Outwardly, John and Kiran Fernandes seem like any father and son. They both punctuate their sentences with giggles. They both have long dark hair and gregarious natures.
However not many people’s fathers are right hands to indie rock royalty. John made a career as a multi-instrumentalist for The Olivia Tremor Control. He’s a founding member of Elephant Six, the collective famous for incubating groups like Neutral Milk Hotel, The Apples in Stereo, and Of Montreal, and he’s a co-owner of the record label Cloud Recordings.
But in some ways, their appearance is spot on. Like father, now very much like son — the Fernandes family make abstract instrumental pop together.
Kiran’s forthcoming album seadust mercury dream is a whirlwind of pianos, mellotron and organ. On the track “of witches, dealers and countrymen” Kiran and company paint a mind-bending brocade of bubble-gum pop with a soupcon of chaotic impulse. While seadust was made in New Mexico with some of Kiran’s friends, Kiran and John are now touring together.
The Fernandeses started making music together about three years ago when John brought home a loop pedal. Kiran found himself drawn to it. Previously, he had considered himself primarily a visual artist, but he was moved by the ability to create endless music.
“Music has been more appealing to me lately because it’s like fluid and it’s always changing.” Kiran laughs. “With making music — at least if it’s not recorded — it’s flavoring the air, then it’s gone. You don’t have to feel too attached to it.”
The loop pedal presented the family with the opportunity to collaborate. Making music together was easy.
“He’s really good at leaving space,” Kiran says of his father, “and I like to fill space. We’re really compatible in that way.”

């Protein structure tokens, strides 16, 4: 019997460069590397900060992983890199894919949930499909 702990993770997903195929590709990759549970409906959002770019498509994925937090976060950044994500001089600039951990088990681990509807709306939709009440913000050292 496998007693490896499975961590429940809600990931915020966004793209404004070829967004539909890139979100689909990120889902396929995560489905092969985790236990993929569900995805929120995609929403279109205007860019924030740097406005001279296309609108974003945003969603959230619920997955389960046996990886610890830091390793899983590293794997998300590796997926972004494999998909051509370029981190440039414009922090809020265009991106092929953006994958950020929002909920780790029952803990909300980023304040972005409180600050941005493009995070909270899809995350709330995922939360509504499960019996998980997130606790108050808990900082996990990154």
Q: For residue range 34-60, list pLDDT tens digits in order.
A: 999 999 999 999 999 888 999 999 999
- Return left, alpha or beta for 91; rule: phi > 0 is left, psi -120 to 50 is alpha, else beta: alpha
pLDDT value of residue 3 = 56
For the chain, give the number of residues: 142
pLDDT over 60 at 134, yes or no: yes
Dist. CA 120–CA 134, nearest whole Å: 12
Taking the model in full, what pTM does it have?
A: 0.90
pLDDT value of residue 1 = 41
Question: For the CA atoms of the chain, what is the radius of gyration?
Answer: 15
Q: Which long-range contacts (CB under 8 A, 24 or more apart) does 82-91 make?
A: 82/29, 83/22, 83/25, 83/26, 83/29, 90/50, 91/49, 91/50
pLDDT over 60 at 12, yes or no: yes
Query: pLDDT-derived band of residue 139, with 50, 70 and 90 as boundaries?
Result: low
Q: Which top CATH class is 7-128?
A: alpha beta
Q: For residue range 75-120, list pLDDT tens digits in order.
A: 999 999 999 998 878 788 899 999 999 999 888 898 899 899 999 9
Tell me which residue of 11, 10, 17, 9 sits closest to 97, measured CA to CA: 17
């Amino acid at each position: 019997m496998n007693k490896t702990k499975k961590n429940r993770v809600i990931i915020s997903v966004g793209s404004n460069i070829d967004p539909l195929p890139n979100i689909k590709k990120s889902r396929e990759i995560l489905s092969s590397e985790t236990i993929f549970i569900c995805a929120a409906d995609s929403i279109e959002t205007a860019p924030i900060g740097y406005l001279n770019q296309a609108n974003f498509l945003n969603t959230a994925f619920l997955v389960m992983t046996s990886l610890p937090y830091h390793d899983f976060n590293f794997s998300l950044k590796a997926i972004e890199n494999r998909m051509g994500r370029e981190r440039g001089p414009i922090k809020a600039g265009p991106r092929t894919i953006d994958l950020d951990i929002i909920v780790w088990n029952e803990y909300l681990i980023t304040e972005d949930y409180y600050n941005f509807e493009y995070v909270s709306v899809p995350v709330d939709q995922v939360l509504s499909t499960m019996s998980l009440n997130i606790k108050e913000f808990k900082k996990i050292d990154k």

Kiran calls their process a series of islands and bridges. The islands, the big compositional structures he creates, need to be connected. He and his father work together to create bridges between.
“We don’t know how that’s going to happen, but it eventually will. And the bridge is often more minimal and spacey and more like water,” the elder Fernandes explains. “There’s certain things that we write, and there’s a lot of improvisational elements as well. We work with things and when we get something we like we hit record.”
And on their recordings you can hear a shared sense of whimsy between the two. Check out their record Live at The Morris Museum which lolligags between modal centers and electronic tintinnabulations. You can hear the inherent joy in the jump of a clarinet line, or other times it’s the gauzy woosh of an organ part. There’s an intentional sharing of sonic space that contributes to overall listenability of the music.
To retain the music’s sense of spontaneous wonder, they don’t practice with each other before a show.
“That sounds like, ‘How can you do that? Or ‘That’s unprepared.’ Or ‘That’s lazy.’ But I’ve found that for this collaboration it’s the most fruitful if we have no expectation, we have no preparation and we just kind of go in to it,” Kiran offers. “You start making sounds and you listen to one another. And bounce ideas in a very fresh way.”
At the end of the day, cerebral music like this may be off-putting to casual listeners. But Kiran and John don’t expect everyone who shows up to be an indoctrinated fan.
“Just come with an open mind,” John says. “Our music isn’t very abrasive. But it is kind of entrancing. Like I kind of go in to a trance when I play and time will just kind of flow by. Come prepared to get taken away for a little while.”
“Come with the intention to listen,” Kiran concludes.
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